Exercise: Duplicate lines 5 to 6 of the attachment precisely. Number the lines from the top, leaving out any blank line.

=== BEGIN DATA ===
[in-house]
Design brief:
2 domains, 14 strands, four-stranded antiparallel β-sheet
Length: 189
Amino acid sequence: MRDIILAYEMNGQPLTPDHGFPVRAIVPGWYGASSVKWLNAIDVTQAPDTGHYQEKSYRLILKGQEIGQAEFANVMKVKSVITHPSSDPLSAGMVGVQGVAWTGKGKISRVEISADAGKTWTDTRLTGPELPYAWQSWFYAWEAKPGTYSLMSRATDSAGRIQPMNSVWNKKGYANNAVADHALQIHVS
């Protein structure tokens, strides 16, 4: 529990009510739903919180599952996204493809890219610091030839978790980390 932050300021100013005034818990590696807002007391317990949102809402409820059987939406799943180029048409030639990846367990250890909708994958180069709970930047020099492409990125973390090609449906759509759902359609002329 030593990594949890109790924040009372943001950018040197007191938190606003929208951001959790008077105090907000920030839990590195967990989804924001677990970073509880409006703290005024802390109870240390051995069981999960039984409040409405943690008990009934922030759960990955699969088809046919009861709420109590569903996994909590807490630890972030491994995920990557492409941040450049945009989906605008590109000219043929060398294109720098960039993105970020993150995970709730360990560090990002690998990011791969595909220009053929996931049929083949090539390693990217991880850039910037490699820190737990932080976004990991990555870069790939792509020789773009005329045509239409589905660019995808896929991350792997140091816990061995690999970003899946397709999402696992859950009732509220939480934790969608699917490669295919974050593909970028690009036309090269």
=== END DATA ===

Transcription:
Amino acid sequence: MRDIILAYEMNGQPLTPDHGFPVRAIVPGWYGASSVKWLNAIDVTQAPDTGHYQEKSYRLILKGQEIGQAEFANVMKVKSVITHPSSDPLSAGMVGVQGVAWTGKGKISRVEISADAGKTWTDTRLTGPELPYAWQSWFYAWEAKPGTYSLMSRATDSAGRIQPMNSVWNKKGYANNAVADHALQIHVS
């Protein structure tokens, strides 16, 4: 529990009510739903919180599952996204493809890219610091030839978790980390 932050300021100013005034818990590696807002007391317990949102809402409820059987939406799943180029048409030639990846367990250890909708994958180069709970930047020099492409990125973390090609449906759509759902359609002329 030593990594949890109790924040009372943001950018040197007191938190606003929208951001959790008077105090907000920030839990590195967990989804924001677990970073509880409006703290005024802390109870240390051995069981999960039984409040409405943690008990009934922030759960990955699969088809046919009861709420109590569903996994909590807490630890972030491994995920990557492409941040450049945009989906605008590109000219043929060398294109720098960039993105970020993150995970709730360990560090990002690998990011791969595909220009053929996931049929083949090539390693990217991880850039910037490699820190737990932080976004990991990555870069790939792509020789773009005329045509239409589905660019995808896929991350792997140091816990061995690999970003899946397709999402696992859950009732509220939480934790969608699917490669295919974050593909970028690009036309090269």